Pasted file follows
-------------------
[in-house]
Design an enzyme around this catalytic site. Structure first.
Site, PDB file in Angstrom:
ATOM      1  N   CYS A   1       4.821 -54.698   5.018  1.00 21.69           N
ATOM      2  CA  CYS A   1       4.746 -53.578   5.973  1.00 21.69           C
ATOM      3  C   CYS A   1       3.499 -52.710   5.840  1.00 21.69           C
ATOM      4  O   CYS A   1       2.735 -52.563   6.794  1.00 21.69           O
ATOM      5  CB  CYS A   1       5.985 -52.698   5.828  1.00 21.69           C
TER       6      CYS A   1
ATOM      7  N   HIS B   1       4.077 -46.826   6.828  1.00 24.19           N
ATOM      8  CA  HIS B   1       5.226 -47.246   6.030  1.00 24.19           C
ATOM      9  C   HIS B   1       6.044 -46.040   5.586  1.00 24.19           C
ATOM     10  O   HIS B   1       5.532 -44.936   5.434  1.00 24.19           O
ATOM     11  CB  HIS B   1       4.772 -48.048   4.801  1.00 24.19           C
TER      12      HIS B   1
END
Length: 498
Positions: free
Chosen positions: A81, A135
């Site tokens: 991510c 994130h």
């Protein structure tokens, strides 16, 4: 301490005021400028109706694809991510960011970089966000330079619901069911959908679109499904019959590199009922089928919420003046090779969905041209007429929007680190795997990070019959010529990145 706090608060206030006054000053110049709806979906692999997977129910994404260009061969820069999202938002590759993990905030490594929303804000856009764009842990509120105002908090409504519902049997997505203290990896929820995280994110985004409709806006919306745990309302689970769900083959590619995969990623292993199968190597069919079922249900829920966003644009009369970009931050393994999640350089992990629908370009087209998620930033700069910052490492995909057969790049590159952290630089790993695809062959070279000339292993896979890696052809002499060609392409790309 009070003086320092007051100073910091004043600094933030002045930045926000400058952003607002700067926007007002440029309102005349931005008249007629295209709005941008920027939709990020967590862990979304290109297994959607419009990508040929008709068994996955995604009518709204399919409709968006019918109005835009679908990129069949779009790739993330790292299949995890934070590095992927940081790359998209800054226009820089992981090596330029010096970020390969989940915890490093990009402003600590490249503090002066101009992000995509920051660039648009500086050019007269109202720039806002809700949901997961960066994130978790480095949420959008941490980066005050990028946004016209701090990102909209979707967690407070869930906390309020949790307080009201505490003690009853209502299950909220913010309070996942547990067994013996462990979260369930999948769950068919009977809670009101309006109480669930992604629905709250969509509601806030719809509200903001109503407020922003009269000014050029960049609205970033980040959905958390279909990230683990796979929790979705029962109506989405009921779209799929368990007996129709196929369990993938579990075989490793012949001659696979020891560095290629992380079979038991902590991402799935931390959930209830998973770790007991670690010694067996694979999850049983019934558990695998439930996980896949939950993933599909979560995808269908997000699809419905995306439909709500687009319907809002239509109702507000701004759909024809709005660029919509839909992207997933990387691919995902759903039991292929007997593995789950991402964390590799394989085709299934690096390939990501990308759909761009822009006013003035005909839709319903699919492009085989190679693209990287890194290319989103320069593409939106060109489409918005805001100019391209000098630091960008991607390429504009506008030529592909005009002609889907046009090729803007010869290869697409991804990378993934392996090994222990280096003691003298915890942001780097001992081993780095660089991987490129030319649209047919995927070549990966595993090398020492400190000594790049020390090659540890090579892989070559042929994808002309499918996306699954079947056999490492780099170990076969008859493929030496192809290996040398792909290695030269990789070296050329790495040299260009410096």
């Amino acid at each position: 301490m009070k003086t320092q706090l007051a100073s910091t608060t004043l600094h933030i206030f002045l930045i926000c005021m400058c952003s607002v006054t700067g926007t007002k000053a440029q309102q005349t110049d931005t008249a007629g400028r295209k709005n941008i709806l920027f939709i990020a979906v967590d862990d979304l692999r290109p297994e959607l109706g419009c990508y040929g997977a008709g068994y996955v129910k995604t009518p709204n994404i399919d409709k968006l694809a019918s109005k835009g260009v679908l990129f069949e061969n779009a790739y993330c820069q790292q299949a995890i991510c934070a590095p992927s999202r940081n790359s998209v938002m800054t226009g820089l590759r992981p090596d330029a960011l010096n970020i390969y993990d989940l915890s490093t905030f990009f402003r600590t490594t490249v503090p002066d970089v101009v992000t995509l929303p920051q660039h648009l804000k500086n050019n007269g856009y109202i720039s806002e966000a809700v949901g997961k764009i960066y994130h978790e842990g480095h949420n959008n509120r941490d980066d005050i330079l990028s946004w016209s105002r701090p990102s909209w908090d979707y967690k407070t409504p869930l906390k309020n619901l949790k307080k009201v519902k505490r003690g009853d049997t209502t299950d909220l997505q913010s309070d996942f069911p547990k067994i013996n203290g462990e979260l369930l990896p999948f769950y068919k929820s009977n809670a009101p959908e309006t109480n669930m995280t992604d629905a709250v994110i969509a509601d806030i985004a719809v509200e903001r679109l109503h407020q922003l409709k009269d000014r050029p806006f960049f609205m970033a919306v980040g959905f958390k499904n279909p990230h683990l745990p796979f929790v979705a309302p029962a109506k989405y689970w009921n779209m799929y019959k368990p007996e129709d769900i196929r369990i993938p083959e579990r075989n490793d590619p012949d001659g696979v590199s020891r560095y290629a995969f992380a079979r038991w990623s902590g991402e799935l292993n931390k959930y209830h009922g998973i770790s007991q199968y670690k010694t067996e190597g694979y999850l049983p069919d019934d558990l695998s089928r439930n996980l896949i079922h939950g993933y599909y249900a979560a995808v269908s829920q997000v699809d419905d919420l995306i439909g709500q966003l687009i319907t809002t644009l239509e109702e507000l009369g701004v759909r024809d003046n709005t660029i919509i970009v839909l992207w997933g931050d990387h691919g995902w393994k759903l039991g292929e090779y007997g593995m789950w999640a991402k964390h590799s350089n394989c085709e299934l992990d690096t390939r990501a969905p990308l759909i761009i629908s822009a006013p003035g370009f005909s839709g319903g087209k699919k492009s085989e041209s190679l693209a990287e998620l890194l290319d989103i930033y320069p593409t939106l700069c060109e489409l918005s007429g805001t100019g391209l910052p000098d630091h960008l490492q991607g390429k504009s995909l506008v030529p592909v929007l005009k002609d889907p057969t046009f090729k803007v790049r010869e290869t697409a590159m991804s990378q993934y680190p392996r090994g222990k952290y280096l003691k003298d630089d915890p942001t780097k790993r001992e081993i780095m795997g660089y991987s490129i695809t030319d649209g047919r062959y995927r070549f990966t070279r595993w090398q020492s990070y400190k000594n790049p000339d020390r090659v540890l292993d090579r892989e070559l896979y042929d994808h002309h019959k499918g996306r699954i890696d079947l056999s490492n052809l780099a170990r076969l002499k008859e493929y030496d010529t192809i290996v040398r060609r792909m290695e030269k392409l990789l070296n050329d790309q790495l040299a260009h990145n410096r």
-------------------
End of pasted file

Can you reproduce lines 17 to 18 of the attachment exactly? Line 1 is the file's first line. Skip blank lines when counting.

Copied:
Length: 498
Positions: free